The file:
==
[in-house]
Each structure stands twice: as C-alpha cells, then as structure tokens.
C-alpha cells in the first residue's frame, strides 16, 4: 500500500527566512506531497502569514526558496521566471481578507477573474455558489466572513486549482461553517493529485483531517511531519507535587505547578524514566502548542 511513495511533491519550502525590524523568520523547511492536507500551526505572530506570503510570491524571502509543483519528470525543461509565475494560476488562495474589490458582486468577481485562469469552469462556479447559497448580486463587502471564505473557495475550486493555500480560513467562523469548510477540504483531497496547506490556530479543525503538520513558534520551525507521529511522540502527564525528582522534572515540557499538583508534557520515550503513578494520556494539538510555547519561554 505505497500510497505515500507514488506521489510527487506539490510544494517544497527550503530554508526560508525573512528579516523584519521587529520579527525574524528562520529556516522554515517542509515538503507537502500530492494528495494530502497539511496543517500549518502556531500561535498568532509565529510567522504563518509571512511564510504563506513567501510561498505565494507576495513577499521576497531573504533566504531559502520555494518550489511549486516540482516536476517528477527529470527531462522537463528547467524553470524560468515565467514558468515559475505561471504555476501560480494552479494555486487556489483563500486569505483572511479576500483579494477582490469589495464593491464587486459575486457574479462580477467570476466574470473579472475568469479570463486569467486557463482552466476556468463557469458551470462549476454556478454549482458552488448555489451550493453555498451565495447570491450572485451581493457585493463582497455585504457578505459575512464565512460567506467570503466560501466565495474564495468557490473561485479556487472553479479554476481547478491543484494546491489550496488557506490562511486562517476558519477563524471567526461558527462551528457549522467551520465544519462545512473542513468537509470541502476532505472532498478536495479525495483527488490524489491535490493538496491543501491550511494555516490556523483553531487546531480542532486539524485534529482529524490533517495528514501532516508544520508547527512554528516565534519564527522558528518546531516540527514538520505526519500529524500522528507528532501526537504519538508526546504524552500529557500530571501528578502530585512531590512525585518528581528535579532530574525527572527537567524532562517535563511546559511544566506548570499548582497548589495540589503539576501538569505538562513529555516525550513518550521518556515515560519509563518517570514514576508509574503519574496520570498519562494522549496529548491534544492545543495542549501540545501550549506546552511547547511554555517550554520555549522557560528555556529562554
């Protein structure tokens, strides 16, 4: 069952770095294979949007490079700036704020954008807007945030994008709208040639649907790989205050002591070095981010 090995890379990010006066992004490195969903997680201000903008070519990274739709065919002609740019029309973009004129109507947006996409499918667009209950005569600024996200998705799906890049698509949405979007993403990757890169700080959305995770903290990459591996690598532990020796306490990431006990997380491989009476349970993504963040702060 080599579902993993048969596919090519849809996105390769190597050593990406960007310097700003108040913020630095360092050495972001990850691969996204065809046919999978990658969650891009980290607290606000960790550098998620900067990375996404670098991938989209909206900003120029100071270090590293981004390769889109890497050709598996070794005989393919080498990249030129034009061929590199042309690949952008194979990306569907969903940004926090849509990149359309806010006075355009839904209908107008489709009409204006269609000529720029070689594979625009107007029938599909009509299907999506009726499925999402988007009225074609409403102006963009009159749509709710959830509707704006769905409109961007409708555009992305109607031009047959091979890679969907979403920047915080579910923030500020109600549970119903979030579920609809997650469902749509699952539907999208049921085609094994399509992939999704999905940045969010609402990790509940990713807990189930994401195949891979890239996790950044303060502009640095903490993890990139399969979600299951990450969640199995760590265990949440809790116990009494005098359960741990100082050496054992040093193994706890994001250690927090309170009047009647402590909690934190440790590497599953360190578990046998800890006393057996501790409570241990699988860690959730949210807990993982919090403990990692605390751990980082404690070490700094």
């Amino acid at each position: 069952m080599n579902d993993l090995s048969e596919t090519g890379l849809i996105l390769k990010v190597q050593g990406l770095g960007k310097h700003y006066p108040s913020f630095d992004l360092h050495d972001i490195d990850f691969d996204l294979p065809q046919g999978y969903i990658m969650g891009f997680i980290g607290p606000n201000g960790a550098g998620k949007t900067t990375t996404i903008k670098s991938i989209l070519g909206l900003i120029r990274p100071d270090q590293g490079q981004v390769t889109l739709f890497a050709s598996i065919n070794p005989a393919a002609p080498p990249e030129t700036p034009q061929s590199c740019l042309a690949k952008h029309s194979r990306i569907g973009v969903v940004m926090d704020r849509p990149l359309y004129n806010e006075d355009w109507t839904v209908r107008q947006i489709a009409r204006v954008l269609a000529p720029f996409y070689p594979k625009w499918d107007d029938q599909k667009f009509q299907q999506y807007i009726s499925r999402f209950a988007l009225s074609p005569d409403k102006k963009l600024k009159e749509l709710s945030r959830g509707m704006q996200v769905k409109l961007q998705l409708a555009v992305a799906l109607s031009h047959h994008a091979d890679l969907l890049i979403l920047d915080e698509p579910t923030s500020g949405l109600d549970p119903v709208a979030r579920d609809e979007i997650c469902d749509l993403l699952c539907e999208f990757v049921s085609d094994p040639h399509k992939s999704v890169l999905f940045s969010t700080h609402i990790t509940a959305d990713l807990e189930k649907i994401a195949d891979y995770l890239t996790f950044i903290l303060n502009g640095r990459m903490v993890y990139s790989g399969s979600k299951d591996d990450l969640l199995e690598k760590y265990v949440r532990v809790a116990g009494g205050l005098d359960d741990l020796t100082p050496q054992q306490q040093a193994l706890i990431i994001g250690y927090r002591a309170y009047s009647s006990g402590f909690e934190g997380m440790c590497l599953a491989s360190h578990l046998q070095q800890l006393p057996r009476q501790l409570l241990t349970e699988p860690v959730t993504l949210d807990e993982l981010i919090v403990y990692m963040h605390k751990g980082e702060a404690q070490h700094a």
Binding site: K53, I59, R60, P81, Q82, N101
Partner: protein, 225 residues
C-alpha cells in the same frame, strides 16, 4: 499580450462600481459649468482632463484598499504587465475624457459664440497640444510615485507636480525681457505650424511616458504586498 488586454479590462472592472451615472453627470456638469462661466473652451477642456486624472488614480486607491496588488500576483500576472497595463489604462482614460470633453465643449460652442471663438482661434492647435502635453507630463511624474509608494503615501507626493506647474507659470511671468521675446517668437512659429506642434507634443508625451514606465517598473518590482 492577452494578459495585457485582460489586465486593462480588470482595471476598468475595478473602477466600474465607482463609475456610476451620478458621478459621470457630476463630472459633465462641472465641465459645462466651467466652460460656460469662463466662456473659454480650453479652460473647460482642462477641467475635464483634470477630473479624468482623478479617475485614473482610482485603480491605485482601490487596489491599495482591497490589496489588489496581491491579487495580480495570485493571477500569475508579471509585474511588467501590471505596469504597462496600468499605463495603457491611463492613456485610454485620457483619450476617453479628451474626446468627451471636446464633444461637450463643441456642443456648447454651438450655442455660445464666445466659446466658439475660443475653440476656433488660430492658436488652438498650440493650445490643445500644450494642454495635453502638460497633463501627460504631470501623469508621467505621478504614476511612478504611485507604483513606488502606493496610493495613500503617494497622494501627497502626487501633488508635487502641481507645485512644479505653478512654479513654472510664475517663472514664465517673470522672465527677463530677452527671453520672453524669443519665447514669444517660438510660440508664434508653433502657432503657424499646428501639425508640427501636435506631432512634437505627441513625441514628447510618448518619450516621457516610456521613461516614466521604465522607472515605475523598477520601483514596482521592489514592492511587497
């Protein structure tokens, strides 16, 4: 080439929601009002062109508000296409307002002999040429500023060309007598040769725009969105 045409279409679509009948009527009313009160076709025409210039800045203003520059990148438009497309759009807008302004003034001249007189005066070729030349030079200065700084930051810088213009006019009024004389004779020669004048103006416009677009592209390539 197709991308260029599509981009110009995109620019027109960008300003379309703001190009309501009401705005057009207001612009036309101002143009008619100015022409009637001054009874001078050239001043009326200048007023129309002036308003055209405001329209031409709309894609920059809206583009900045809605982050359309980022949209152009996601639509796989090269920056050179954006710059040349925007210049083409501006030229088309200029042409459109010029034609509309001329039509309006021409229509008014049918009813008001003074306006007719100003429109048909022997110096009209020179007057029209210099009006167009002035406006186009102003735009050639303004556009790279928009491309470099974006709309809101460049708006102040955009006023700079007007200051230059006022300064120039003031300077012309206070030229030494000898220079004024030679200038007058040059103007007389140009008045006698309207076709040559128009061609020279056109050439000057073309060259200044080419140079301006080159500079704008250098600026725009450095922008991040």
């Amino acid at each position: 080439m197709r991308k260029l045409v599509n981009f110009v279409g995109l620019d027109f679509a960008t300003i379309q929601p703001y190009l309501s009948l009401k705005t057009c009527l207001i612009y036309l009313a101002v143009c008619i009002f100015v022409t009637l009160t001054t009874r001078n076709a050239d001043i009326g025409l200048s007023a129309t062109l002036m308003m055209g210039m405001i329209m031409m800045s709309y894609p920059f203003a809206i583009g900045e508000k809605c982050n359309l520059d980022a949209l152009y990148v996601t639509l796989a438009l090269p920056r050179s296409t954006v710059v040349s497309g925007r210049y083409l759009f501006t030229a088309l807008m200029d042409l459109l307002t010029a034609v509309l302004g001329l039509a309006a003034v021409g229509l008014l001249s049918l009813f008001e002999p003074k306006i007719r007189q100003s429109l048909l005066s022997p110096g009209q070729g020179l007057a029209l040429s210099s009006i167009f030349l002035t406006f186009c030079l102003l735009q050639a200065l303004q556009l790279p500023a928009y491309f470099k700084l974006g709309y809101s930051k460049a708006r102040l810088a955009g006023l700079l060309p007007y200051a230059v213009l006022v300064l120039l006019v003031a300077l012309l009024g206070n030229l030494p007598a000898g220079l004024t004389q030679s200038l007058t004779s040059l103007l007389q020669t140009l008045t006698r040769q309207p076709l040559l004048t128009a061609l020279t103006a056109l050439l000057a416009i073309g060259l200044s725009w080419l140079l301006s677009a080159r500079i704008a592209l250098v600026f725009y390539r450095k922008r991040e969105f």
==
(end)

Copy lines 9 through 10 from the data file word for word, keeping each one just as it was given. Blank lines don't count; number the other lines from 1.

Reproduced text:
């Protein structure tokens, strides 16, 4: 080439929601009002062109508000296409307002002999040429500023060309007598040769725009969105 045409279409679509009948009527009313009160076709025409210039800045203003520059990148438009497309759009807008302004003034001249007189005066070729030349030079200065700084930051810088213009006019009024004389004779020669004048103006416009677009592209390539 197709991308260029599509981009110009995109620019027109960008300003379309703001190009309501009401705005057009207001612009036309101002143009008619100015022409009637001054009874001078050239001043009326200048007023129309002036308003055209405001329209031409709309894609920059809206583009900045809605982050359309980022949209152009996601639509796989090269920056050179954006710059040349925007210049083409501006030229088309200029042409459109010029034609509309001329039509309006021409229509008014049918009813008001003074306006007719100003429109048909022997110096009209020179007057029209210099009006167009002035406006186009102003735009050639303004556009790279928009491309470099974006709309809101460049708006102040955009006023700079007007200051230059006022300064120039003031300077012309206070030229030494000898220079004024030679200038007058040059103007007389140009008045006698309207076709040559128009061609020279056109050439000057073309060259200044080419140079301006080159500079704008250098600026725009450095922008991040």
């Amino acid at each position: 080439m197709r991308k260029l045409v599509n981009f110009v279409g995109l620019d027109f679509a960008t300003i379309q929601p703001y190009l309501s009948l009401k705005t057009c009527l207001i612009y036309l009313a101002v143009c008619i009002f100015v022409t009637l009160t001054t009874r001078n076709a050239d001043i009326g025409l200048s007023a129309t062109l002036m308003m055209g210039m405001i329209m031409m800045s709309y894609p920059f203003a809206i583009g900045e508000k809605c982050n359309l520059d980022a949209l152009y990148v996601t639509l796989a438009l090269p920056r050179s296409t954006v710059v040349s497309g925007r210049y083409l759009f501006t030229a088309l807008m200029d042409l459109l307002t010029a034609v509309l302004g001329l039509a309006a003034v021409g229509l008014l001249s049918l009813f008001e002999p003074k306006i007719r007189q100003s429109l048909l005066s022997p110096g009209q070729g020179l007057a029209l040429s210099s009006i167009f030349l002035t406006f186009c030079l102003l735009q050639a200065l303004q556009l790279p500023a928009y491309f470099k700084l974006g709309y809101s930051k460049a708006r102040l810088a955009g006023l700079l060309p007007y200051a230059v213009l006022v300064l120039l006019v003031a300077l012309l009024g206070n030229l030494p007598a000898g220079l004024t004389q030679s200038l007058t004779s040059l103007l007389q020669t140009l008045t006698r040769q309207p076709l040559l004048t128009a061609l020279t103006a056109l050439l000057a416009i073309g060259l200044s725009w080419l140079l301006s677009a080159r500079i704008a592209l250098v600026f725009y390539r450095k922008r991040e969105f």